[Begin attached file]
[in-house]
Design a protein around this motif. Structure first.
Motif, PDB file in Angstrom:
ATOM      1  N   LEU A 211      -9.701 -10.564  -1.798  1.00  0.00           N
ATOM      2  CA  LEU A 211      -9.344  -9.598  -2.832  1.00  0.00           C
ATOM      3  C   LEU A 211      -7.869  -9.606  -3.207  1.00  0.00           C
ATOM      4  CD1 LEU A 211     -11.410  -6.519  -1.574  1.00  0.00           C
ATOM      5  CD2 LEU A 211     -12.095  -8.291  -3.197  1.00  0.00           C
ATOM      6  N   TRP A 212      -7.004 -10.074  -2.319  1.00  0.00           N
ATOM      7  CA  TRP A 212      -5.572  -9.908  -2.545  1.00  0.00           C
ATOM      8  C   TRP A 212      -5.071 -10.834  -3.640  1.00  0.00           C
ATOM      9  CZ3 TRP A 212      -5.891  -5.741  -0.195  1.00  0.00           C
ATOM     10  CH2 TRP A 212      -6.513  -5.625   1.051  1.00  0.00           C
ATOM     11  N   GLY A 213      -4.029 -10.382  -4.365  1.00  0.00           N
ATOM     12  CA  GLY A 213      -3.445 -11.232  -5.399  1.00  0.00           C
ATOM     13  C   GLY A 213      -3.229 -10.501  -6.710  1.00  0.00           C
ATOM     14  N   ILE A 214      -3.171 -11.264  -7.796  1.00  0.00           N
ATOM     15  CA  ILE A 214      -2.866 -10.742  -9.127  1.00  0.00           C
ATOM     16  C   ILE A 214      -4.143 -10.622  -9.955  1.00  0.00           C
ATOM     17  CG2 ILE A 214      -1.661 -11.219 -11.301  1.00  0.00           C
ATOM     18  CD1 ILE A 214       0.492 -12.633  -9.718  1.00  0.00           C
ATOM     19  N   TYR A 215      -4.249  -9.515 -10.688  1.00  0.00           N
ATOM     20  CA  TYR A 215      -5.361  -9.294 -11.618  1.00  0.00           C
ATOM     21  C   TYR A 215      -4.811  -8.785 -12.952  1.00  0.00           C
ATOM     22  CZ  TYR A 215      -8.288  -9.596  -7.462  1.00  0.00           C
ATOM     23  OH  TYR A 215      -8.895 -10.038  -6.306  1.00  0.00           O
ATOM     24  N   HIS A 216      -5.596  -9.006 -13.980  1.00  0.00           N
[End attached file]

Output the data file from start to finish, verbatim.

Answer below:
[in-house]
Design a protein around this motif. Structure first.
Motif, PDB file in Angstrom:
ATOM      1  N   LEU A 211      -9.701 -10.564  -1.798  1.00  0.00           N
ATOM      2  CA  LEU A 211      -9.344  -9.598  -2.832  1.00  0.00           C
ATOM      3  C   LEU A 211      -7.869  -9.606  -3.207  1.00  0.00           C
ATOM      4  CD1 LEU A 211     -11.410  -6.519  -1.574  1.00  0.00           C
ATOM      5  CD2 LEU A 211     -12.095  -8.291  -3.197  1.00  0.00           C
ATOM      6  N   TRP A 212      -7.004 -10.074  -2.319  1.00  0.00           N
ATOM      7  CA  TRP A 212      -5.572  -9.908  -2.545  1.00  0.00           C
ATOM      8  C   TRP A 212      -5.071 -10.834  -3.640  1.00  0.00           C
ATOM      9  CZ3 TRP A 212      -5.891  -5.741  -0.195  1.00  0.00           C
ATOM     10  CH2 TRP A 212      -6.513  -5.625   1.051  1.00  0.00           C
ATOM     11  N   GLY A 213      -4.029 -10.382  -4.365  1.00  0.00           N
ATOM     12  CA  GLY A 213      -3.445 -11.232  -5.399  1.00  0.00           C
ATOM     13  C   GLY A 213      -3.229 -10.501  -6.710  1.00  0.00           C
ATOM     14  N   ILE A 214      -3.171 -11.264  -7.796  1.00  0.00           N
ATOM     15  CA  ILE A 214      -2.866 -10.742  -9.127  1.00  0.00           C
ATOM     16  C   ILE A 214      -4.143 -10.622  -9.955  1.00  0.00           C
ATOM     17  CG2 ILE A 214      -1.661 -11.219 -11.301  1.00  0.00           C
ATOM     18  CD1 ILE A 214       0.492 -12.633  -9.718  1.00  0.00           C
ATOM     19  N   TYR A 215      -4.249  -9.515 -10.688  1.00  0.00           N
ATOM     20  CA  TYR A 215      -5.361  -9.294 -11.618  1.00  0.00           C
ATOM     21  C   TYR A 215      -4.811  -8.785 -12.952  1.00  0.00           C
ATOM     22  CZ  TYR A 215      -8.288  -9.596  -7.462  1.00  0.00           C
ATOM     23  OH  TYR A 215      -8.895 -10.038  -6.306  1.00  0.00           O
ATOM     24  N   HIS A 216      -5.596  -9.006 -13.980  1.00  0.00           N